Debtfree South Africaâ€™s debt counselling magazine
APRIL 2010 www.debtcounsellingsa.co.za
Welcome to the new look Debtfree digital
Decoding the jargon
Your debt, your right to know
Keeping you in the know
For a while now you may have been receiving Debtfree DIGI in your inbox as a PDF document. Some have expressed concerns over the growing size of DIGI. What started off as a two page electronic newsletter between print runs of the Debtfree magazine has slowly being expanding in size and content. We are very happy to now bring DIGI to you in a way that allows us to include even more content without blocking up your mail inbox with big mails or having DIGI bounce back into the electronic nether realms of the internet. This new format will also allow those who have previously been unable to afford the normal subscription cost of a print magazine to enjoy more of the features, updates and developments covered in Debtfree magazine. We like and hope that you will enjoy the interactive feel of the â€œpage turnerâ€? effect. With this new platform we hope to bring you expanded content each month and keep you current with trends and developments in the debt counselling industry. Comments and suggestions welcome, as always.
Decoding the jargon Understand what your debt counsellor is talking about, 17.3
No doubt when you began the debt counselling process you were given a copy of a document called a form 17.1. a 17.1 document is the form that is sent out to all your creditors which shows you have enquired about debt review and that your application for debt counselling has been registered with the National Credit Regulator. Later a document called a 17.2 would have been sent out to all your creditors if you did indeed qualify for debt counselling. Another form that can be issued on behalf of a consumer under debt review is called a 17.3. What is a 17.3 you ask? Sometimes while under debt review a consumer may have a change in circumstances. Due to this change in circumstances you may now no longer be able to make your restructured debt repayment as per the restructured debt repayment plan that was proposed to the creditors and at court. It is an acknowledged fact that it is obviously possible for your circumstances to change. For example you may become unemployed or you may find your income reduced due to a change in the way your commission structure is arranged. Other factors may arise such as a member of the family or yourself being hospitalized for a serious medical condition or because of an accident. These circumstances may make it impossible to make your restructured repayment not through neglect or dereliction but rather due to circumstances.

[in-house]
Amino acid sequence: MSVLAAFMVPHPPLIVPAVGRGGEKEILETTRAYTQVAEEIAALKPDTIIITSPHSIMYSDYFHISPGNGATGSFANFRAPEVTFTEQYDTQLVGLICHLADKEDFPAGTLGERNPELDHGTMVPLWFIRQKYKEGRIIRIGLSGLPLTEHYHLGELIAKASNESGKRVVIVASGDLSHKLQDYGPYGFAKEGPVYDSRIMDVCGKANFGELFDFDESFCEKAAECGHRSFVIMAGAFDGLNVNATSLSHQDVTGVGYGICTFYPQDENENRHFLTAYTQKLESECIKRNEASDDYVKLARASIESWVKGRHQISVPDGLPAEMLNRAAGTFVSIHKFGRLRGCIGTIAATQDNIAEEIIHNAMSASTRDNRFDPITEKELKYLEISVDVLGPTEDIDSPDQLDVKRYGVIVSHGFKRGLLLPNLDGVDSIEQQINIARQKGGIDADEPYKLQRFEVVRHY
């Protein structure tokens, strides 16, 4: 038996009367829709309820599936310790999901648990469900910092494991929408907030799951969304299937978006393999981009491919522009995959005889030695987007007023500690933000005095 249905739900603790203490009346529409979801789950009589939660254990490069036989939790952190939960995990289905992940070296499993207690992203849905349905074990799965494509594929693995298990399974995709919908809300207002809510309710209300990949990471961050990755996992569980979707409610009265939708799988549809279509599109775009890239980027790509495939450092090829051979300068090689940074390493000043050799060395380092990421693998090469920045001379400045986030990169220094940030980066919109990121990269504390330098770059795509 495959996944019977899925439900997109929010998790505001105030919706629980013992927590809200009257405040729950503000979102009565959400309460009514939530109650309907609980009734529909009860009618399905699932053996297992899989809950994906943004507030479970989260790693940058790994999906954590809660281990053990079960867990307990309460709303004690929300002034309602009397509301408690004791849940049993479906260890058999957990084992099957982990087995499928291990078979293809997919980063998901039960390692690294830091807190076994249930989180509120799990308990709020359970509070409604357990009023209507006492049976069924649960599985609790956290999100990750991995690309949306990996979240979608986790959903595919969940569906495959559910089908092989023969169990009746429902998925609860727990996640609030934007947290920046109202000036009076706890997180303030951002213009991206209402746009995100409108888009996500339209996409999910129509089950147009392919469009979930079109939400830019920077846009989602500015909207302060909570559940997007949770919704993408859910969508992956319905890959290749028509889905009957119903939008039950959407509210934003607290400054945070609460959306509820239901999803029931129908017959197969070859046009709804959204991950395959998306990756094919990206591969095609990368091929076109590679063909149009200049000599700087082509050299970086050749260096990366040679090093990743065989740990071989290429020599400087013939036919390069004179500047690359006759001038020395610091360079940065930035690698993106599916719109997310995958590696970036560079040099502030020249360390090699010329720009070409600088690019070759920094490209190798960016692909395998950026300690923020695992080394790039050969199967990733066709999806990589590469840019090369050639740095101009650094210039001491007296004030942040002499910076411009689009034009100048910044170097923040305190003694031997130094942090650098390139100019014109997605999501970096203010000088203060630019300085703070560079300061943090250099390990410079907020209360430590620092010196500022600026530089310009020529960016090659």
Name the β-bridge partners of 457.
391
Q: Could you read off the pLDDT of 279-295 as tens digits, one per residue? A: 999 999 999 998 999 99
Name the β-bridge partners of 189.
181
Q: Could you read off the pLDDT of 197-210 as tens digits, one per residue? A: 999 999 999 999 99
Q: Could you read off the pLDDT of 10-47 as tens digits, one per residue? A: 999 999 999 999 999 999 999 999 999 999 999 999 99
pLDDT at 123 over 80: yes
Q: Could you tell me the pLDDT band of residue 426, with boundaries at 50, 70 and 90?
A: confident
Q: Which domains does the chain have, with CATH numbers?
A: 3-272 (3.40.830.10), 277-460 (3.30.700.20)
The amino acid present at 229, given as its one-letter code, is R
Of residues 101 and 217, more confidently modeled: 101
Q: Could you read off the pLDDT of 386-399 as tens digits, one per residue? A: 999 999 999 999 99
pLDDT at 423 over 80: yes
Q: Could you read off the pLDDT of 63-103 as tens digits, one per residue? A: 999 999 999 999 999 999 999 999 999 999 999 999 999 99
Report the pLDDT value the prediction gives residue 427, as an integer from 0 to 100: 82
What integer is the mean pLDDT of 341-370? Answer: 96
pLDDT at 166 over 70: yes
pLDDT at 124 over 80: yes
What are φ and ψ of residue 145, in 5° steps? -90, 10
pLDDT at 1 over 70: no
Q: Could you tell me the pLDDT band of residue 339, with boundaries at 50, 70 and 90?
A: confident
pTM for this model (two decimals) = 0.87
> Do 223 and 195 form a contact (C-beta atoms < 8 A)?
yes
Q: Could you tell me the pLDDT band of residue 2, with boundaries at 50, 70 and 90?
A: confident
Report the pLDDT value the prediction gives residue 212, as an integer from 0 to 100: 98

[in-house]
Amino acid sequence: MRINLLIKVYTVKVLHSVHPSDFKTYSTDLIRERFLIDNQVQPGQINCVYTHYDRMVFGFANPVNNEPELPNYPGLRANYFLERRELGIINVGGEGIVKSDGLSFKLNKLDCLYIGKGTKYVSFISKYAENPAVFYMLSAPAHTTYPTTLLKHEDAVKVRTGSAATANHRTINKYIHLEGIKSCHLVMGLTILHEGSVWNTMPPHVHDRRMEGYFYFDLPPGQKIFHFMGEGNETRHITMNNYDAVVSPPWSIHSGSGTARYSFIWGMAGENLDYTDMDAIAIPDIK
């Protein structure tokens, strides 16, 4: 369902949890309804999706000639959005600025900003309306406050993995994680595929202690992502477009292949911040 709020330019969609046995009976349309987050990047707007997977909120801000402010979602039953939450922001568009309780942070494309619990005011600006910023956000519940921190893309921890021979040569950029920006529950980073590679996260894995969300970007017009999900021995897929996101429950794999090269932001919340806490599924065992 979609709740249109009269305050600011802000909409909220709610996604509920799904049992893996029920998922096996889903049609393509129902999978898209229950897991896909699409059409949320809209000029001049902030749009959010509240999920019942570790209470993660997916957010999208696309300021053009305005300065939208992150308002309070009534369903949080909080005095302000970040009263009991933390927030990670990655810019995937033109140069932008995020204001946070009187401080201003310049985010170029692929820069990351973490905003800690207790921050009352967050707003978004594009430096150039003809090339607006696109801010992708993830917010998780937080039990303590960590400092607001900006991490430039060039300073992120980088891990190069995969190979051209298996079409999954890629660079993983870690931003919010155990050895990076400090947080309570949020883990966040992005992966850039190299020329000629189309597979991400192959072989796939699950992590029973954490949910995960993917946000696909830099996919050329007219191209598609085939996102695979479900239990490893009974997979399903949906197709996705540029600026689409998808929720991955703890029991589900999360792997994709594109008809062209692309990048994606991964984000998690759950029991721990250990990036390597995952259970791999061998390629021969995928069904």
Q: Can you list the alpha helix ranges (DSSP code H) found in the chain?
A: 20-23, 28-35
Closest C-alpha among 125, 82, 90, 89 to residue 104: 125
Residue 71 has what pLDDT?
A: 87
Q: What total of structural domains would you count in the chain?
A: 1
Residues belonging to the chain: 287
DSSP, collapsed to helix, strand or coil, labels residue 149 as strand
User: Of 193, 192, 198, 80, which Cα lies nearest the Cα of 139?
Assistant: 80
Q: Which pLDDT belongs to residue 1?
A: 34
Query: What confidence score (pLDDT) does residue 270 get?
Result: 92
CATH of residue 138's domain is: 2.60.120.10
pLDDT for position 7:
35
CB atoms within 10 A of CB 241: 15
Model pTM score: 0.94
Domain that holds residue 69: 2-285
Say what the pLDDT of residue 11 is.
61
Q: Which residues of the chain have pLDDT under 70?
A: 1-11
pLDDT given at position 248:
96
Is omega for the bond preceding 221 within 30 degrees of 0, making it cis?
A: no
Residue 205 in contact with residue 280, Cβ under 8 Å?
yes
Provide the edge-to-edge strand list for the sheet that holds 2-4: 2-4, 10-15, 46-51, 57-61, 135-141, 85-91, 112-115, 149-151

If something like this occurs it is very important that you notify your debt counsellor immediately. Don’t wait till the end of the month or neglect to inform your debt counsellor. The document that the debt counsellor will send out to your creditors is called... you guessed it a form 17.3. What will you need to give the debt counsellor? Things that may help are things like: a letter from your company showing your retrenchment or invoices from the hospital etc. Don’t expect your debt counsellor or creditors to just “take your word for it”. Proof of your change of circumstances will be required and may be sent to your creditors along with the form 17.3 letter. It may in some cases be necessary to have the change recognized by the courts and other times your creditors will simply send your debt counsellor an acknowledgement and a temporary change of the repayment amount will be put in place. This is a very time consuming and complicated process and is not something that can be done often while under review. However the point is: If you do have a change of circumstances talk to your debt counsellor at once. Leaving it too late or missing a payment may result in your having your debt review terminated by creditors who do not receive payment in the proposed amount. Rather talk to your debt counsellor and let him send out a form 17.3 on your behalf.